Mazda newly i6 will be based on the GA-N and it will have at least 2 Mazda products "6 & CX9" + the Crown and the rumoured Toyota with the newly Mazda i6 taking the role of the Mark-X as a true 3/C competitor

____________________

From all those facts above the GA-N is here to stay and Toyota as a brand is going directly to be a Merc, BMW & Audi tier -1 luxury competitor

This already appeared in the newly current gen Yaris, and will be shine with the 13 gen Corolla and 2nd gen Corolla Cross as a true GLA / A competitor, in fact I even start hearing some rumors that Celsior and Soarer names will float to the service again and if and only if this is true, it will mean simply that the new era Toyota will play the role of Lexus but with a lot less MSRP over 10k at least at the beginning comparing to Lexus offers in the respective category and luxury old era Toyota, with Mazda and Subaru playing the current role of let's say ford to Lincoln"the new era Toyota"

That will leads us to how important the GA-N and the Crown

So, in this case what will happen to Lexus & Suzuki, as for Lexus it will have a more exclusive and luxury new chapter and for Suzuki it will continue in its current space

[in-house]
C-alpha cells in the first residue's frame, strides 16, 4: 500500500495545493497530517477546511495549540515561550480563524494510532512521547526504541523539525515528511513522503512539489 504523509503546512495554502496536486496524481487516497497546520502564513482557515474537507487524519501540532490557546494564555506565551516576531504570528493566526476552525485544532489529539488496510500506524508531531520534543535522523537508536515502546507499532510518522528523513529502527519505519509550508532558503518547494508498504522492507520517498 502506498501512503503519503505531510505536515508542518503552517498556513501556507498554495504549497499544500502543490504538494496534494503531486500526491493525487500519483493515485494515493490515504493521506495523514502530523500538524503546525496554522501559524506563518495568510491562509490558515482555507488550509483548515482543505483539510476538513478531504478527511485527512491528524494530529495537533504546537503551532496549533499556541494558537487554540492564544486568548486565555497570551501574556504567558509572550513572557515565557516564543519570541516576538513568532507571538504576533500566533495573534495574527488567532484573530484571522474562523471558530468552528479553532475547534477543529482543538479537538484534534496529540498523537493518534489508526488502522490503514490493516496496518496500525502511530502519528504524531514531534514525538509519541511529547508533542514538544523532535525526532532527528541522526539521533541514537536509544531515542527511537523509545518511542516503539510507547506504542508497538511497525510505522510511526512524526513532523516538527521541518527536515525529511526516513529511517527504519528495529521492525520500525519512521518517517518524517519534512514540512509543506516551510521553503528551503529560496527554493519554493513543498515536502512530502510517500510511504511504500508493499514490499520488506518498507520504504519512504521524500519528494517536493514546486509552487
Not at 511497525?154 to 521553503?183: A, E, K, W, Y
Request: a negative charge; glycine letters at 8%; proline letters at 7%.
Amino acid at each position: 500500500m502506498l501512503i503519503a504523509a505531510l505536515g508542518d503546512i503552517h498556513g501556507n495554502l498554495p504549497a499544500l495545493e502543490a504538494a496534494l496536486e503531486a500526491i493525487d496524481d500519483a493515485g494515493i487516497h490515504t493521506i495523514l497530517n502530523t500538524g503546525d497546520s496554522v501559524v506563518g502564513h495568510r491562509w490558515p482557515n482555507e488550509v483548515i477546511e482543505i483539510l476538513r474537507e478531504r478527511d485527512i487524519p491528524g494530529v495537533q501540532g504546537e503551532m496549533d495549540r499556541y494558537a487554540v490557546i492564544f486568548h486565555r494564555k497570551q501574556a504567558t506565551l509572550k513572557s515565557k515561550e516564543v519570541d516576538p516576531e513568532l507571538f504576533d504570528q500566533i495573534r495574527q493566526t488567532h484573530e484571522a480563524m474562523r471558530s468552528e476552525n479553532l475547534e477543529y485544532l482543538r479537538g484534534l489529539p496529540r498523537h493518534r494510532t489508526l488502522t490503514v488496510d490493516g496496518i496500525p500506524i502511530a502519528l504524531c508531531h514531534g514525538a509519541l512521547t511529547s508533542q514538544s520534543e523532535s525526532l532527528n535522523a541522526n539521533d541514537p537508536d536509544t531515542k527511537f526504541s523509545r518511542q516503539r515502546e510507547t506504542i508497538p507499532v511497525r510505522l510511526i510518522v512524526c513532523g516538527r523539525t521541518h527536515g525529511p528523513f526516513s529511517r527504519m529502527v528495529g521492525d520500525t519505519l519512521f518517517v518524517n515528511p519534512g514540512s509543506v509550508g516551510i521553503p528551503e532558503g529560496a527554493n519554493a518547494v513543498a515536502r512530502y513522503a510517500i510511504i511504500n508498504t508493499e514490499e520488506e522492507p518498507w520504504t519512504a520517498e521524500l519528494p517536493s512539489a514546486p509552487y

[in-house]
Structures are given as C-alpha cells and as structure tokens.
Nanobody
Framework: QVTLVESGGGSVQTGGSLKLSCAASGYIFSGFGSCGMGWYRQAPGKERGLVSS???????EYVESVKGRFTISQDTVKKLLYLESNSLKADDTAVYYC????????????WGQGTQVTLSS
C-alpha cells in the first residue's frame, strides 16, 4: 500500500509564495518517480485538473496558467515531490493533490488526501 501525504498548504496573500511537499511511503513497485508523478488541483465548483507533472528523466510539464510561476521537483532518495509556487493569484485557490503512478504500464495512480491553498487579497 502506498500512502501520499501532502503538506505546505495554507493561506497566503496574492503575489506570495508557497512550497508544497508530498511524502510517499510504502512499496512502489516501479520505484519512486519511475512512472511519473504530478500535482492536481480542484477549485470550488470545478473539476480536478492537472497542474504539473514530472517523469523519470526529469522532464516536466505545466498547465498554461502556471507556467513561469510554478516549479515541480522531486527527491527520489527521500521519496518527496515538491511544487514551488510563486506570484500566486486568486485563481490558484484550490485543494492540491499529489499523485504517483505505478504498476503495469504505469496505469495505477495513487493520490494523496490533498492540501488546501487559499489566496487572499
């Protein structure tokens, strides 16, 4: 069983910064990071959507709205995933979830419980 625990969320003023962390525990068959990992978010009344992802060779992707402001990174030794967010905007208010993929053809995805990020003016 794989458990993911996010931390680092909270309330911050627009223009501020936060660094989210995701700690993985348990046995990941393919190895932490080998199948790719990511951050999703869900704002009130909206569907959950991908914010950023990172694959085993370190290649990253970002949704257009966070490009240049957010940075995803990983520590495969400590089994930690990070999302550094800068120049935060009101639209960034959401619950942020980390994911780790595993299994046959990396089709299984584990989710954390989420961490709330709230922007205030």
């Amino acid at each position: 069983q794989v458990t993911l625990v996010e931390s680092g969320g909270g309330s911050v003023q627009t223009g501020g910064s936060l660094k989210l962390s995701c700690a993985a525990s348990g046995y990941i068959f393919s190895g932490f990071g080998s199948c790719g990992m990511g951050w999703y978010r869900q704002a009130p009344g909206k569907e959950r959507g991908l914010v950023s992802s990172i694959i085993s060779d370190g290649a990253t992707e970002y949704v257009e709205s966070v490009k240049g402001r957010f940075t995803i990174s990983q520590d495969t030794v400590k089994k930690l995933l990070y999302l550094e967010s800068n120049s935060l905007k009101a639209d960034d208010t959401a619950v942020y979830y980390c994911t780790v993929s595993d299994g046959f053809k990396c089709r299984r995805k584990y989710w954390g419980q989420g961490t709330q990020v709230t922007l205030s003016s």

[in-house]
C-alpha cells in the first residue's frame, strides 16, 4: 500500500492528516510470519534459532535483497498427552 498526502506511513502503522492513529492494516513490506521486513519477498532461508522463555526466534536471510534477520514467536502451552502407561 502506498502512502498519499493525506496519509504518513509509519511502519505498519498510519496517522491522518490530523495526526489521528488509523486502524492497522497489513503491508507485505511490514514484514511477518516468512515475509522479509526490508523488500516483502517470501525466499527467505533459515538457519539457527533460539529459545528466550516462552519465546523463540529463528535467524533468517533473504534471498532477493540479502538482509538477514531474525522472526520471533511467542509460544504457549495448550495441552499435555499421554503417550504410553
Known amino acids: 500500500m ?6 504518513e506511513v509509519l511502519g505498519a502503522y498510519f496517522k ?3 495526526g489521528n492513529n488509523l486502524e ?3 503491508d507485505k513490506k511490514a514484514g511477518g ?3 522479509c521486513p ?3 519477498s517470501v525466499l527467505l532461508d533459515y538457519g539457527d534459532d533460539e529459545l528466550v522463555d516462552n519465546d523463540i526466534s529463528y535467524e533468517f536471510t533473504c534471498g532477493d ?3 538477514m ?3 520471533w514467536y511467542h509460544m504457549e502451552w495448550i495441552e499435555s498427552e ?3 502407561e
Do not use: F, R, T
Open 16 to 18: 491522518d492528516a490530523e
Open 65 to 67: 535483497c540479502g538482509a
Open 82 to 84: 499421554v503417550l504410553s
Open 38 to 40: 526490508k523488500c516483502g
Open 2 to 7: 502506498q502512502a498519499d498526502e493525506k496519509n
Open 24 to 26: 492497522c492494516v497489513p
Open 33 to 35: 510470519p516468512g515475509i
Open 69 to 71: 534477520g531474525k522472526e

Sulu

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With all due respect, I have to disagree with that statement. One can like (and know a lot about) cars that provide comfort and do not assault your ears or kidneys. To be knowledgeable about cars does not necessarily have to be sport-oriented. For example, I have been a car enthusiast for over half a century.....but not a speed or aggressive-driving enthusiast. 😉
Thank you for saying this, Mike. I agree with you. I am that way with hybrid-electric vehicles. I don't care that they are "slow" (my ES Hybrid is fast enough for my needs). What I like about them is how smooth they are and how unobtrusive they are.